Five Tips for Safely Hiking with Your Dog
No matter the time of year, a vigorous hike makes for wonderful, scenic exercise for both you and your dog. However, it is important to be prepared for any dangers that you could encounter on the hike as well as additional safety measures that you need to keep in mind when hiking with a dog. Most of us are aware of the abundance of ticks but what about other concerns, like drinking out of streams or running into wild animals? We talked to Jennifer Freeman, DVM, PetSmart resident veterinarian and pet care expert, to get tips on how to hike safely with our dogs.
Bring your own water.
It may seem innocuous to let your dog drink from a stream or river along your hike, but Freeman says that you should avoid that. Bring your own water for yourself and your dog. Why? "Pet parents should keep a close eye on them as dogs are susceptible to ingesting the parasite Giardia. Water in springs, lakes, and ponds are frequently contaminated with the parasite," she says. "If your dog ingests Giardia, symptoms might include diarrhea, abdominal discomfort, and gas. Giardia can also rarely be transmitted from dogs to humans." Bringing your own water eliminates this risk.
Keep your dog on a leash.
If you are hiking in the woods, then a leash will ensure that your dog won't run off. You should stay along marked trails to reduce the risk of running into wild animals and remain hyper-aware of your surroundings. "Keep your dogs leashed to avoid them wandering too far off the trail which could also be dangerous," she says. "Chasing after a bunny or an encounter with a rattlesnake could all result in serious consequences."
Bring enough supplies.
You will want to bring a first aid kit, additional water to keep you and your pup from getting dehydrated, and plenty of treats and snacks. Hiking is a strenuous activity. You may not notice your exertion in the cooler weather, but you still need to prepare for rest, food, and water breaks. Freeman also recommends bringing along dog food with a bowl and any medications that you or your dog take.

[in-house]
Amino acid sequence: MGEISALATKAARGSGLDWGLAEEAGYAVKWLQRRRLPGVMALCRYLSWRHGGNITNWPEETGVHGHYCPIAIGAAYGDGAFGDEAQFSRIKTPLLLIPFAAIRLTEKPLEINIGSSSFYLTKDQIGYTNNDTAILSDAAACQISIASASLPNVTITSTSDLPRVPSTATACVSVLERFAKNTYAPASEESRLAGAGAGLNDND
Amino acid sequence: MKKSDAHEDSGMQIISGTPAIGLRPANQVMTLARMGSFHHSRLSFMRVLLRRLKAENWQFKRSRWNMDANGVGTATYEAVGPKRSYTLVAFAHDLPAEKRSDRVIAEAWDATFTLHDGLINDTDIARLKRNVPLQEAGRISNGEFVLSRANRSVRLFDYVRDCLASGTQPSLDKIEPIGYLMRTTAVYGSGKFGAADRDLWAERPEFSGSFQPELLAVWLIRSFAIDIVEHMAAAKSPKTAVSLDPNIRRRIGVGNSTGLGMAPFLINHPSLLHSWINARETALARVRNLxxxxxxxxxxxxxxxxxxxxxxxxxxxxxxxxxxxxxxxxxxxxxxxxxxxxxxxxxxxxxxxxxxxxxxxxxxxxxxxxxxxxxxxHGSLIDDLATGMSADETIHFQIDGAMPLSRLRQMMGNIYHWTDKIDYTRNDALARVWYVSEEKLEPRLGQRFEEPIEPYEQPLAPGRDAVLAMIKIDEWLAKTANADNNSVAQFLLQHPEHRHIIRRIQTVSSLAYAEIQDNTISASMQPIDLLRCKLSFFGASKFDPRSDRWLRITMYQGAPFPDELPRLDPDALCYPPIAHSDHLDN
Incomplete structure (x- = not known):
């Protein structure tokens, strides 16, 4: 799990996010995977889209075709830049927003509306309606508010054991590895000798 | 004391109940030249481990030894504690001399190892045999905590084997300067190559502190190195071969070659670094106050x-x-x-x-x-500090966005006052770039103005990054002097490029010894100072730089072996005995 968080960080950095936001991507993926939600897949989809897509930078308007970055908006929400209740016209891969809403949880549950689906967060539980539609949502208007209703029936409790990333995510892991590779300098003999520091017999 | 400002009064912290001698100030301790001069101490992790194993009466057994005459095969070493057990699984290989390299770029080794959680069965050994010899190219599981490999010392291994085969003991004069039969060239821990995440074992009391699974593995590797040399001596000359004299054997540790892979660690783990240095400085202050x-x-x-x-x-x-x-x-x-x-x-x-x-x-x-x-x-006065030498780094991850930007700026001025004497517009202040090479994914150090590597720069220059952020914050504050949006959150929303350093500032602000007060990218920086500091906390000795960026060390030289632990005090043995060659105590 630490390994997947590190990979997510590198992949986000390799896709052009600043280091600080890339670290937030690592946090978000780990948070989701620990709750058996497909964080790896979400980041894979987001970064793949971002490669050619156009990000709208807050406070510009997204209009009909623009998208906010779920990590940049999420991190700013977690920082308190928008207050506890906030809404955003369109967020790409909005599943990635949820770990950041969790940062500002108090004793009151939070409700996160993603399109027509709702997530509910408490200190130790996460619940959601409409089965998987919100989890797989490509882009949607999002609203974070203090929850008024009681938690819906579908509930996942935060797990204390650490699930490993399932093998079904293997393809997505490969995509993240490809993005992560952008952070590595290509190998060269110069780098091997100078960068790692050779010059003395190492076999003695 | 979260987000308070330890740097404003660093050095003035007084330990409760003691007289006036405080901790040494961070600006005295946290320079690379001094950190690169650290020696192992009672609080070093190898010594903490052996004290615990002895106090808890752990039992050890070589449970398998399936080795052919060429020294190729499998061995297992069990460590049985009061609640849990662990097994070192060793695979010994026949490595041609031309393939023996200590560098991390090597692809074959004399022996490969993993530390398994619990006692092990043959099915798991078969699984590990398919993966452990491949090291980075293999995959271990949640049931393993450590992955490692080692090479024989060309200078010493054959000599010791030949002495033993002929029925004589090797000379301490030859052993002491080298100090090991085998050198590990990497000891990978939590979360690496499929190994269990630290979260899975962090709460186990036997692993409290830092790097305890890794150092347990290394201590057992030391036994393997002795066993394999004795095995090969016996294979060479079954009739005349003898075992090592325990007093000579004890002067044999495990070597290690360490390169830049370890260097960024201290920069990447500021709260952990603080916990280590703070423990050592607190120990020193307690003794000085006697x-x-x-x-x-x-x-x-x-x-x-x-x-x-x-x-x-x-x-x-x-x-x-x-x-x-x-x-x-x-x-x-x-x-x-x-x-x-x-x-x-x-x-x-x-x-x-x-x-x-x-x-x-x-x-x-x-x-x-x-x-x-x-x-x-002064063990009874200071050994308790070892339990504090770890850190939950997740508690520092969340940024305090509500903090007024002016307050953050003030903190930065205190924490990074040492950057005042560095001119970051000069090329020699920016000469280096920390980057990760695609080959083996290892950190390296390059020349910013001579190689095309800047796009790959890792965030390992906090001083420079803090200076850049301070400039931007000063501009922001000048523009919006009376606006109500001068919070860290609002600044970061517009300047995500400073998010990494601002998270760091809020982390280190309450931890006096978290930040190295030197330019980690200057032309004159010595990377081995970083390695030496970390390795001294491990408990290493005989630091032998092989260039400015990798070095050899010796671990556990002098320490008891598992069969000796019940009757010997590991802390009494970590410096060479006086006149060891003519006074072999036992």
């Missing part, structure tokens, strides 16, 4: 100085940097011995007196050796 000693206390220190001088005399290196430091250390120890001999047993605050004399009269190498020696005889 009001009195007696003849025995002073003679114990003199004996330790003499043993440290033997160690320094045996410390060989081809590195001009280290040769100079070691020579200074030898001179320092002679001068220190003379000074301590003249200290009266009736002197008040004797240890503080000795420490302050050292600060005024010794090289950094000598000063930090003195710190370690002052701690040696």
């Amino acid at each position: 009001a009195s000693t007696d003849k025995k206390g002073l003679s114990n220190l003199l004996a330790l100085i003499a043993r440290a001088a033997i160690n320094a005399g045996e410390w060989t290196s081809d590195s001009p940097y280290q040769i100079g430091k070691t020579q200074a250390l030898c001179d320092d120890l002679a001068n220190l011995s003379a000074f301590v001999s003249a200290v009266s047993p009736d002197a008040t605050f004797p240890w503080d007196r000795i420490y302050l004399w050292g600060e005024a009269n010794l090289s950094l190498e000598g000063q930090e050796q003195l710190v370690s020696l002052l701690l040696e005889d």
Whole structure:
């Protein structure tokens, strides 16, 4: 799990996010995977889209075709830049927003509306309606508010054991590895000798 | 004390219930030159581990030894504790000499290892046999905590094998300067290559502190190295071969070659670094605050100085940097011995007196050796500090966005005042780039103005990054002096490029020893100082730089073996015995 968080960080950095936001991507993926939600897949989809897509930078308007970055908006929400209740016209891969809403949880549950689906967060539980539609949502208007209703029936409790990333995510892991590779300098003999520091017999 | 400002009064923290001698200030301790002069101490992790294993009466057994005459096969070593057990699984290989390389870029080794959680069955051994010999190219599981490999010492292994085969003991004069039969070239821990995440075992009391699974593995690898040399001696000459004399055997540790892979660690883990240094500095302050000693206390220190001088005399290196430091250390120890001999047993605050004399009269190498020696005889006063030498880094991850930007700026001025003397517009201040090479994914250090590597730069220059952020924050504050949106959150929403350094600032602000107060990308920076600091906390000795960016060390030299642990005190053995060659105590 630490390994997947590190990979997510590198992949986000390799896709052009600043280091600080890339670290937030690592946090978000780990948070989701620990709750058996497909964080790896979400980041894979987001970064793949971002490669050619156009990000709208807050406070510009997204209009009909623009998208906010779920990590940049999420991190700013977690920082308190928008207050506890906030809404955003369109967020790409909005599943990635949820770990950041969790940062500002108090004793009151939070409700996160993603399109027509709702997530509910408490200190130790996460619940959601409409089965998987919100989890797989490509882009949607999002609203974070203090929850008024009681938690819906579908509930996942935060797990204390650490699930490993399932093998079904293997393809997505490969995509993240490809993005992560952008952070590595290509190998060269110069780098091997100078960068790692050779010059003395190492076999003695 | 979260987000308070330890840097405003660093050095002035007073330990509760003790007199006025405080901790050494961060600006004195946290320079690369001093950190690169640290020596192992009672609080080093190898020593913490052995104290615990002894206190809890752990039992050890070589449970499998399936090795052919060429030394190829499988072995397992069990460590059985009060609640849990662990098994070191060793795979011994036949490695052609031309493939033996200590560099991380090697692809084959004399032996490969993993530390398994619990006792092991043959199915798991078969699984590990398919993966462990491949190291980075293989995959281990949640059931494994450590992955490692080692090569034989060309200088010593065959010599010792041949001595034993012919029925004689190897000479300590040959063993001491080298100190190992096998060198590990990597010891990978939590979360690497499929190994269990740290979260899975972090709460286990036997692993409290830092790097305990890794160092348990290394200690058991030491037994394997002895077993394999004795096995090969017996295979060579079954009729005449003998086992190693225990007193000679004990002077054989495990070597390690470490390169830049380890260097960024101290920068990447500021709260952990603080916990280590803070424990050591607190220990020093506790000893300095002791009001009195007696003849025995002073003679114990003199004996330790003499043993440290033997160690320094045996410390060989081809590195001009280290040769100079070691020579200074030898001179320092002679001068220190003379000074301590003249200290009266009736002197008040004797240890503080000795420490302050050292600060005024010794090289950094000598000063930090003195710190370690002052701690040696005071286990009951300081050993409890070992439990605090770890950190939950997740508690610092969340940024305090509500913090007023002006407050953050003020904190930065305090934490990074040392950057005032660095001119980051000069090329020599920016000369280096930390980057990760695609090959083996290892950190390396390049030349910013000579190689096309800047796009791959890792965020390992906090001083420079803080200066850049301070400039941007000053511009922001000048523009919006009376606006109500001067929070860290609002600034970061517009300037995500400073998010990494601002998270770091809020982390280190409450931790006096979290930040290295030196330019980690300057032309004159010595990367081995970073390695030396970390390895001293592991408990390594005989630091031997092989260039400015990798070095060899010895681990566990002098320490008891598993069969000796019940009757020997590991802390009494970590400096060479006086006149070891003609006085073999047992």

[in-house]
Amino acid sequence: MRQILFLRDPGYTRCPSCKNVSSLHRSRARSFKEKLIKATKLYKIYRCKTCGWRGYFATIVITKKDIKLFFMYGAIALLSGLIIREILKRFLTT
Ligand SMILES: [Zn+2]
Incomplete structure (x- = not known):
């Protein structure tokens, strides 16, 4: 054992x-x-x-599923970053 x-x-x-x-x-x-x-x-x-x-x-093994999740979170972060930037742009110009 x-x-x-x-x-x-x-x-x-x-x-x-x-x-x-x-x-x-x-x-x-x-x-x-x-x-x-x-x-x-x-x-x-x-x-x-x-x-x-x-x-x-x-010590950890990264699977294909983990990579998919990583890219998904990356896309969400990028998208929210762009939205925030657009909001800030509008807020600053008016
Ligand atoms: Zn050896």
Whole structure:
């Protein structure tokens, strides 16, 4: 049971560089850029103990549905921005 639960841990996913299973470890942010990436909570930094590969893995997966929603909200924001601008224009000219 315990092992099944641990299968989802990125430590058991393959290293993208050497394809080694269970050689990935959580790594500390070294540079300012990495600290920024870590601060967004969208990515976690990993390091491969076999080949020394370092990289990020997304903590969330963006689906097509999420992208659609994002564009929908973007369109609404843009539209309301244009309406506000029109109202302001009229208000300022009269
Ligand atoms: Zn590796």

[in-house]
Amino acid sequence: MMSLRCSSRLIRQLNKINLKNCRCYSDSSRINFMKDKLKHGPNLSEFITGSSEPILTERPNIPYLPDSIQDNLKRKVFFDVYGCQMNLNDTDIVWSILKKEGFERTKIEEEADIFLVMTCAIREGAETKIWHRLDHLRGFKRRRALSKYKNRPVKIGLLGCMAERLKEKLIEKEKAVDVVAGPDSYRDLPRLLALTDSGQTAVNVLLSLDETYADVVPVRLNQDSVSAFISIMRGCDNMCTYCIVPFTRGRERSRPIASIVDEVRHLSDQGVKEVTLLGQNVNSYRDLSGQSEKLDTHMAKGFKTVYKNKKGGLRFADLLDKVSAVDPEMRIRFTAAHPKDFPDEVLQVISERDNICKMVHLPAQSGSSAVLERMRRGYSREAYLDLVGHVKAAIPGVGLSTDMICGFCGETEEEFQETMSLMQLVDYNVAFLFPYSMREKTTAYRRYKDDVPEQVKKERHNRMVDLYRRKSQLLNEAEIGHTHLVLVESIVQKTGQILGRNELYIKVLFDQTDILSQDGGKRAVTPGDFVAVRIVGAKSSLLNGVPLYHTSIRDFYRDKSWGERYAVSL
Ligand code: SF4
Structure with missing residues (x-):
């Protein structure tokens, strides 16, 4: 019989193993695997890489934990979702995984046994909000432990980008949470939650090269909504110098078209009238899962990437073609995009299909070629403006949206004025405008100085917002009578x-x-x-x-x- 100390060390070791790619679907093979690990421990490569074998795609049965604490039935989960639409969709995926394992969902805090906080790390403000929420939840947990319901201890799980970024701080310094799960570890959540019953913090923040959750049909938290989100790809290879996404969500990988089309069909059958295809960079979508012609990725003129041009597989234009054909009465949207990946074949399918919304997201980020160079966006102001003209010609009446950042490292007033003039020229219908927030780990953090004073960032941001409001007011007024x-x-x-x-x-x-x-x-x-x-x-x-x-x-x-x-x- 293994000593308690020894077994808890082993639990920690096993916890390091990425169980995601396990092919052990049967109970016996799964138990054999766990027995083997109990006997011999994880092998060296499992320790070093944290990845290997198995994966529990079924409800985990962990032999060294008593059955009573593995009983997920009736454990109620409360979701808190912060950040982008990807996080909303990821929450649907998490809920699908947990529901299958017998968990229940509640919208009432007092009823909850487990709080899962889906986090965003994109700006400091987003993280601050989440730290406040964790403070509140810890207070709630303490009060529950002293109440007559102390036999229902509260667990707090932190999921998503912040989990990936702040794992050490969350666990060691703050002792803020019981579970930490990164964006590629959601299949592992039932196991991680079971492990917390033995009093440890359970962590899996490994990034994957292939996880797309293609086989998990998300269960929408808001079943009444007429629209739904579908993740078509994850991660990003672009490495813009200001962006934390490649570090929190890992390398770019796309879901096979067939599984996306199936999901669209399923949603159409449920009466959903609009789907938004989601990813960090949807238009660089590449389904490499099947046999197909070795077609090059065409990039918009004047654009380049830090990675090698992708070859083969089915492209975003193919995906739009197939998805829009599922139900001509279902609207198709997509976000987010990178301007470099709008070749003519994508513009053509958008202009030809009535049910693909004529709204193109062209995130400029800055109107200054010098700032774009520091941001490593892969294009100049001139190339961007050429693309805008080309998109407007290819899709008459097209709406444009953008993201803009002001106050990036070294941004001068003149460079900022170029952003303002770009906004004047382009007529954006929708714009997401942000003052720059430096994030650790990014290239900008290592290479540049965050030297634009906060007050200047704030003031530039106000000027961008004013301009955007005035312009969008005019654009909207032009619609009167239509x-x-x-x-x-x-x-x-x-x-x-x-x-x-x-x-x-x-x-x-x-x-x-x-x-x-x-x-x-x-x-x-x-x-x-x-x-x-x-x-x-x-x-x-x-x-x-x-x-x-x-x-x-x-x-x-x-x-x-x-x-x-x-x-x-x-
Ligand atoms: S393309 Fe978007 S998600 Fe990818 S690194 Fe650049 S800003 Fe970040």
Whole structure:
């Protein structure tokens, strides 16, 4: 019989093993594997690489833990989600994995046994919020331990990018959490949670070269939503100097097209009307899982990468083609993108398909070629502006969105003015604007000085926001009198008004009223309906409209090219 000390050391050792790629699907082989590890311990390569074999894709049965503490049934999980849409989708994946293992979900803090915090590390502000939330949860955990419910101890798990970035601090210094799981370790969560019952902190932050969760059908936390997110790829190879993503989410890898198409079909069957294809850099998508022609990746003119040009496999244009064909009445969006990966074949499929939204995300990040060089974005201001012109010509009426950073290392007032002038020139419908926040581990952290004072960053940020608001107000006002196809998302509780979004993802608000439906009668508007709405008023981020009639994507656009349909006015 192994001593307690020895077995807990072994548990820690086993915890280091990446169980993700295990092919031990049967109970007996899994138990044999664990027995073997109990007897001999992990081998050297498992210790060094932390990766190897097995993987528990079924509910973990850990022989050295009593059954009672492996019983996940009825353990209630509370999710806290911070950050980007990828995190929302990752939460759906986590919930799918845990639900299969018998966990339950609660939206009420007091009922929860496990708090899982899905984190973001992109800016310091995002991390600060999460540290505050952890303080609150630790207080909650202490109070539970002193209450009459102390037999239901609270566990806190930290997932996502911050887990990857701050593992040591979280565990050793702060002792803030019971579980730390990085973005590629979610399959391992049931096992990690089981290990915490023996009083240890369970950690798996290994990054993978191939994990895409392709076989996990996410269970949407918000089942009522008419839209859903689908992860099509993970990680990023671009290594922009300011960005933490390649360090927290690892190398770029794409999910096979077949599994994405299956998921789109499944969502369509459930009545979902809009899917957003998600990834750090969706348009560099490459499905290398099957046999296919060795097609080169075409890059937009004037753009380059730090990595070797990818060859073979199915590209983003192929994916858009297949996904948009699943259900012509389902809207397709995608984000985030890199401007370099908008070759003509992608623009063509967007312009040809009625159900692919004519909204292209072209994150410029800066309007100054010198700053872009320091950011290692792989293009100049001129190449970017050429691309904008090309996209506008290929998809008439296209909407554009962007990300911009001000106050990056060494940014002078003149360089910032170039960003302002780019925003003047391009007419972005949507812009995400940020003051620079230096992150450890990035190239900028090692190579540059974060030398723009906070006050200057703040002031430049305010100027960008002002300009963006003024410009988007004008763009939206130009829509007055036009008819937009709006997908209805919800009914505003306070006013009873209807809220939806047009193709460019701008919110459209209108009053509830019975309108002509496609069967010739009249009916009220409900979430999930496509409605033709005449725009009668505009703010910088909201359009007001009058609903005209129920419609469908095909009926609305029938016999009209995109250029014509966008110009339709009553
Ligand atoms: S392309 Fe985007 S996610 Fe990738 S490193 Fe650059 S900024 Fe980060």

Have Fido don hiking booties.
"Damaged paw pads are also something pet parents should be mindful of when taking their pups on hikes. Hiking terrain can be filled with sharp rocks, sticks, thorns, and even cacti depending on the region where you hike, which can cause irritation, punctures, or lacerations on dogs' paw pads," Freeman says. "A good idea is to bring along a pair of hiking booties to help protect your pup's paws from extreme heat or cold and rough terrain." For example, the Grip Trex Dog Boot by Ruffwear ($37.50, amazon.com) keep their paws warm and safe on outdoor adventures.
Do a health check ahead of time.
Before going on a long hike, you should make sure that your dog is up-to-date on his annual health checks and vaccinations. "Pet parents need to ensure their pet is protected against fleas and ticks, especially when spending time outdoors. Year-round treatment is ideal and there are a variety of products that offer protection," Freeman says. "You should always check yourself and your dog after hiking for any tag along ticks that jumped on for a free ride. Pet parents should make sure that pets are also on a heartworm preventative since mosquitoes transmit the disease." And, if you plan on swimming, make sure to use a waterproof flea and tick treatment so that it doesn't wash off in the water.